BOB PISANI: I want to bring in my colleague Kelly Evans. Kelly.
KELLY EVANS: Thank you, Bob. And Chair Clayton, my question is about the Business Roundtable’s recent proposal or shift to basically say, ‘We’re going to emphasize stakeholder accountability and not just shareholder accountability for corporate America.’ I mean, it’s gotten a ton of attention and I’ve seen criticism that by making that kind of move you’re basically, you know, going from the accountable to shareholders to being accountable to frankly no one. Are you worried this is going to be bad for investors in the long run?
JAY CLAYTON: Let me say this. I’m going to go back to what I did before I took this job and had the opportunity to be in a lot of board rooms. In the board rooms of good companies, those constituencies were almost always front of mind. Because you couldn’t deliver for your shareholders unless you were delivering for your customers and your employees. Now, the question about what the law should be around what your duties are, that’s a very complicated question. I’ll just say that we’ve done very well leaving that to the states and not having the Securities and Exchange Commission get involved in the fiduciary duties. That’s largely a Delaware law issue. And I’m happy to stay in my lane on the law of this.
BOB PISANI: Let me ask you about bitcoin. I know I’ve asked you many times about this in the last couple of years, but it’s of intense interest to the viewers. Are we any further along on a bitcoin ETF? I know you did a memo – you and your staff – a year and a half ago, where you made it very clear you were concerned about custody and the security of custody, and you were very concerned about the fact that much of the pricing of bitcoin was done on foreign exchanges that had the potential to be easily manipulated. Now, your realm here is a bitcoin ETF. Are we any closer? Has – have the people involved in the bitcoin businesses in any way come closer to satisfying your concerns?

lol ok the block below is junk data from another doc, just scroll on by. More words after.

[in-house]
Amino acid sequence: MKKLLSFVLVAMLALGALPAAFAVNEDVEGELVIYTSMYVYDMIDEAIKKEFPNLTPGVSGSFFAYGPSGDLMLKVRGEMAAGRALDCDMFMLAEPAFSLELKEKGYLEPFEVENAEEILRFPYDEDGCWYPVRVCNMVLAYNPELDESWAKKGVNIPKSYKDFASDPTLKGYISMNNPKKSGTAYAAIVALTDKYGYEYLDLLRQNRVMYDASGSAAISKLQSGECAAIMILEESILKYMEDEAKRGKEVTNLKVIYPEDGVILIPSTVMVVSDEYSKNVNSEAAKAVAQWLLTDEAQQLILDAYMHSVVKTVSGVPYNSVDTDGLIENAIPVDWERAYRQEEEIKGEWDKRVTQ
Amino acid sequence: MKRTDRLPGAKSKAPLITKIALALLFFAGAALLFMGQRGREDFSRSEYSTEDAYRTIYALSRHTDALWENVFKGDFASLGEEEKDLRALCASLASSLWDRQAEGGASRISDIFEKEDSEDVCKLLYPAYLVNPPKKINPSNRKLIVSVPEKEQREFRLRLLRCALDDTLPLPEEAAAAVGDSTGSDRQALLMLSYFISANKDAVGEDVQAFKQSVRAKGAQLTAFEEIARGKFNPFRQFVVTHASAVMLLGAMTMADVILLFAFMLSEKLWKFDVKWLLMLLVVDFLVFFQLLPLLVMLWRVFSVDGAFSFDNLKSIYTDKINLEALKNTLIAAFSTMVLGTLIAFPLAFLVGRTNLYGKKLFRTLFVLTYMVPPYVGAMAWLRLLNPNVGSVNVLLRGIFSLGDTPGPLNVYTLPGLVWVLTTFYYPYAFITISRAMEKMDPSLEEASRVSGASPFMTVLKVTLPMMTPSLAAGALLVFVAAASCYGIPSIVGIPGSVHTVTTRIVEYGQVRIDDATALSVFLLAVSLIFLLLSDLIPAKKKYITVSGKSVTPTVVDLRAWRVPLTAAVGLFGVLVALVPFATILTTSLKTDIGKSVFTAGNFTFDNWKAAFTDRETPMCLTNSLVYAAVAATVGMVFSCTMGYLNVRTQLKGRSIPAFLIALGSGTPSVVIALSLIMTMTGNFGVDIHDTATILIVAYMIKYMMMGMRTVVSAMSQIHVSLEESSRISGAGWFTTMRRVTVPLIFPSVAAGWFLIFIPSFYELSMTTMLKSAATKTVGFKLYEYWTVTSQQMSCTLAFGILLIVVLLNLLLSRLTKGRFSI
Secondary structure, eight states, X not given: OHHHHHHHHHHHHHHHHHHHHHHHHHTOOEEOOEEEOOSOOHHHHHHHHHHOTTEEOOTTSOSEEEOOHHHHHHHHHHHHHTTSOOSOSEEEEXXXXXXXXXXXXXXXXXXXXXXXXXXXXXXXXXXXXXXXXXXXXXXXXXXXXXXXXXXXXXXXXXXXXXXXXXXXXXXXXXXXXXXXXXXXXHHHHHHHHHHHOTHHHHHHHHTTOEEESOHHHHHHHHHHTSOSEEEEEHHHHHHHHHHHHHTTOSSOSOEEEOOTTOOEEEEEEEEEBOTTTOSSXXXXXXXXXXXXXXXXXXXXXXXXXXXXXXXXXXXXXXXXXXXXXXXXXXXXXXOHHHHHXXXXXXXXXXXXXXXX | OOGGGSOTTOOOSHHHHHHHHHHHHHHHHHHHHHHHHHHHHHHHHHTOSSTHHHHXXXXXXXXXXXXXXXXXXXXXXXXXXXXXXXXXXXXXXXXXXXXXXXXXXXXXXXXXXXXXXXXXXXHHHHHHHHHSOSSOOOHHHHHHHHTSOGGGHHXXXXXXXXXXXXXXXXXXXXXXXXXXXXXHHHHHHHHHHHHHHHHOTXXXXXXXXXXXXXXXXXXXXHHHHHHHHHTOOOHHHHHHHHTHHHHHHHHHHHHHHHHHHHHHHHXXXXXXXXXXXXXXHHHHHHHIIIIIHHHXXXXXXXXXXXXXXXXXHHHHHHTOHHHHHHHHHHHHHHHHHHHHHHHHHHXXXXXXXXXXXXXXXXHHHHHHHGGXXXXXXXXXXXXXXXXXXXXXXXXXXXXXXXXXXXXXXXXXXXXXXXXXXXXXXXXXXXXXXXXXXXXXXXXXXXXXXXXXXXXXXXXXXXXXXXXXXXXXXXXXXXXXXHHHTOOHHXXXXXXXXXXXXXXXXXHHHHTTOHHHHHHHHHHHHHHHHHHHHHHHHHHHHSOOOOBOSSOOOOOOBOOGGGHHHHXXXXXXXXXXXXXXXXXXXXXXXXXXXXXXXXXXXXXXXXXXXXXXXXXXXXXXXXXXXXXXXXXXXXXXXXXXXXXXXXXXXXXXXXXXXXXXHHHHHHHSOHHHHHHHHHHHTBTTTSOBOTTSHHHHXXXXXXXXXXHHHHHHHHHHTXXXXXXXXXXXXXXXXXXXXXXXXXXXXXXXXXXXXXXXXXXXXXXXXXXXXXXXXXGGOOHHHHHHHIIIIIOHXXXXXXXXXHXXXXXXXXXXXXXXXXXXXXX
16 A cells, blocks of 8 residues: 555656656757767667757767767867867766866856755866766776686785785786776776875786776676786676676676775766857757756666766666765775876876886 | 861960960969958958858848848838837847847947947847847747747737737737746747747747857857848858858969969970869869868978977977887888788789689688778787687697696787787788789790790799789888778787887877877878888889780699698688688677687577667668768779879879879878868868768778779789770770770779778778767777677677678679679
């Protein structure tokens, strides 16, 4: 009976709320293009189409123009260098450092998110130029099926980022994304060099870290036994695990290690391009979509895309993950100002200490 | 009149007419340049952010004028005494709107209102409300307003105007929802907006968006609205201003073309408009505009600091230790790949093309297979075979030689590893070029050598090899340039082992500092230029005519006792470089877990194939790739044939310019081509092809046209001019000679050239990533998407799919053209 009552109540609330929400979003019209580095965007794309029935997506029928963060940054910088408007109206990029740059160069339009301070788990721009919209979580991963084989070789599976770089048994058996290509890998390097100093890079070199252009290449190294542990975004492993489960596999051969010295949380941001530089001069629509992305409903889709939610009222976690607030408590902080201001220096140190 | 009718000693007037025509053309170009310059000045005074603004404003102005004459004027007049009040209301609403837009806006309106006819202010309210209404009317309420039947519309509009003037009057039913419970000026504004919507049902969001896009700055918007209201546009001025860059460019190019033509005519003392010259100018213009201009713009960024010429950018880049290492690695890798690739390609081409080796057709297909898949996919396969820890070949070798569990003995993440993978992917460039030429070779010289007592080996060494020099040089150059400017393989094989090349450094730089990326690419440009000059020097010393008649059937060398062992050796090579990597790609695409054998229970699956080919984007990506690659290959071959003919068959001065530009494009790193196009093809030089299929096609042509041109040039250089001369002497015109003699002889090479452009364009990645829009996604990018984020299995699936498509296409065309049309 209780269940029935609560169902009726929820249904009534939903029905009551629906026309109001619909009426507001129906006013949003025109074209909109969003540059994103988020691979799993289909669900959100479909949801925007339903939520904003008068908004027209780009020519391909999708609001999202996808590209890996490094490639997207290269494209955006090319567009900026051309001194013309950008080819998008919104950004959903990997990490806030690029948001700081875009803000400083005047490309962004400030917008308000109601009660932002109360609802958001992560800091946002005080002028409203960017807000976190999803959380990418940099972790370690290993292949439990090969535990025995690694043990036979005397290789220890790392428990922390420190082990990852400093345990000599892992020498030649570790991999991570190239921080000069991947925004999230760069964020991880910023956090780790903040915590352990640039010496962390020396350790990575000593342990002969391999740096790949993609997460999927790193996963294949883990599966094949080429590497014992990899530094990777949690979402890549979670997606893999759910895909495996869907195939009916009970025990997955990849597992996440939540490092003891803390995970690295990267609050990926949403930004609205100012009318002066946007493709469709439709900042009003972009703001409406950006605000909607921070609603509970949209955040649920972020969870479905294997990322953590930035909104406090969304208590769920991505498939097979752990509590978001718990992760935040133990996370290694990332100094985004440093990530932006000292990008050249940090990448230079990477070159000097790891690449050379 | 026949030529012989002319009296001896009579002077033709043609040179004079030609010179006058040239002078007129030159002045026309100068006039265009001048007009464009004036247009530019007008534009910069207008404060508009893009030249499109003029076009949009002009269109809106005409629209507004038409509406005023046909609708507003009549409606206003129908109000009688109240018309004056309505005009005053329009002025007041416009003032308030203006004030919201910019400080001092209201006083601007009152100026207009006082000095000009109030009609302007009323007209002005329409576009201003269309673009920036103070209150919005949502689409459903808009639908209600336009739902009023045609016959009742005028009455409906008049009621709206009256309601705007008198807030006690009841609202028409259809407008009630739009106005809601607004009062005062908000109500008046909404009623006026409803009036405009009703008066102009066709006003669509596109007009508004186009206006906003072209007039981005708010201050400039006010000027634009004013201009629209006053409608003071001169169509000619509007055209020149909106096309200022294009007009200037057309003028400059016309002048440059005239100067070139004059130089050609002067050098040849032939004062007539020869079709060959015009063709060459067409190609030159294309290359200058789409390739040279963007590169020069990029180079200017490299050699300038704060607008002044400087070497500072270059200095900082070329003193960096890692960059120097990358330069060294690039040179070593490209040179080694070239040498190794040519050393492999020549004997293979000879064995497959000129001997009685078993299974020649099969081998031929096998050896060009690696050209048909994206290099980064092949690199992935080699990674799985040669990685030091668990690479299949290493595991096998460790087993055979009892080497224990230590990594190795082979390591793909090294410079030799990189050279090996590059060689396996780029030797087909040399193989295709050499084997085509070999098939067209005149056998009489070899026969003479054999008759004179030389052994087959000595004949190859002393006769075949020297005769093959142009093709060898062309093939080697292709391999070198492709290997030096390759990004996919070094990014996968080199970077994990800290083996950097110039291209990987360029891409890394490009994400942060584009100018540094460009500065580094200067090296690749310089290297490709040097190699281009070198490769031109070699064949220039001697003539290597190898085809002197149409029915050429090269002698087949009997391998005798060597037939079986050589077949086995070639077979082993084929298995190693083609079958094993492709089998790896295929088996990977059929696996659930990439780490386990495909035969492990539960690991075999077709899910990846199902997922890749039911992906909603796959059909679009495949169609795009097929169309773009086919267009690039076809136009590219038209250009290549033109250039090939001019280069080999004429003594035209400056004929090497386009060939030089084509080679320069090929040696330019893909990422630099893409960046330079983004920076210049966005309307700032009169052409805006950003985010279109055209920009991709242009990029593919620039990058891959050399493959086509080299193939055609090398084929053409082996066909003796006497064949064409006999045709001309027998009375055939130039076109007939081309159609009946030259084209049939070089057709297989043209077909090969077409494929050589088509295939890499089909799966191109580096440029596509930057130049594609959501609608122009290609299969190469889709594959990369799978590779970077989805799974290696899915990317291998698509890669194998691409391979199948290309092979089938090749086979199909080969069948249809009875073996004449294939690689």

JAY CLAYTON: The short answer is yes. But there’s -- there’s work left to be done. Those were not trivial questions. How do we know that we can custody and have a hold of these crypto assets? That’s a key question. And an even harder question, given that they trade on largely unregulated exchanges, is how can we be sure that those prices aren’t subject to significant manipulation. Now, progress is being made but people needed to answer those hard questions for us to be comfortable that this was the appropriate type of product.
BOB PISANI: Before we let you go – and Kelly might have one more question -- I just wanted to get in a buyback question. Very interesting political question. There’s been people on both sides of the political aisles who have weighed in on buybacks, saying – some people are saying, there’s too many buybacks that are out there. Corporations are using them too excessively. They should be investing in the companies more. Does the SEC have a position on this? Is there any sign that buybacks are being abused? Is there anything that the SEC is looking at around this?
JAY CLAYTON: We don’t regulate whether companies do or do not to do buybacks. What we do regulate is: if they decide to do them, are they appropriately disclosing them, and are they doing them in a way that’s non-manipulative? Are they doing it in a fair way? But whether a company does or does not to do a buyback, that’s not for the SEC to decide.
BOB PISANI: We appreciate all of your work and we appreciate the fact that you make yourself available and explain what your position is. That’s very helpful to all of us who cover these kinds of issues. Jay, thanks very much for joining us and thanks for your speech today. Appreciate it very much.
JAY CLAYTON: Thanks to Kelly, and thanks to you, Bob. I really appreciate it.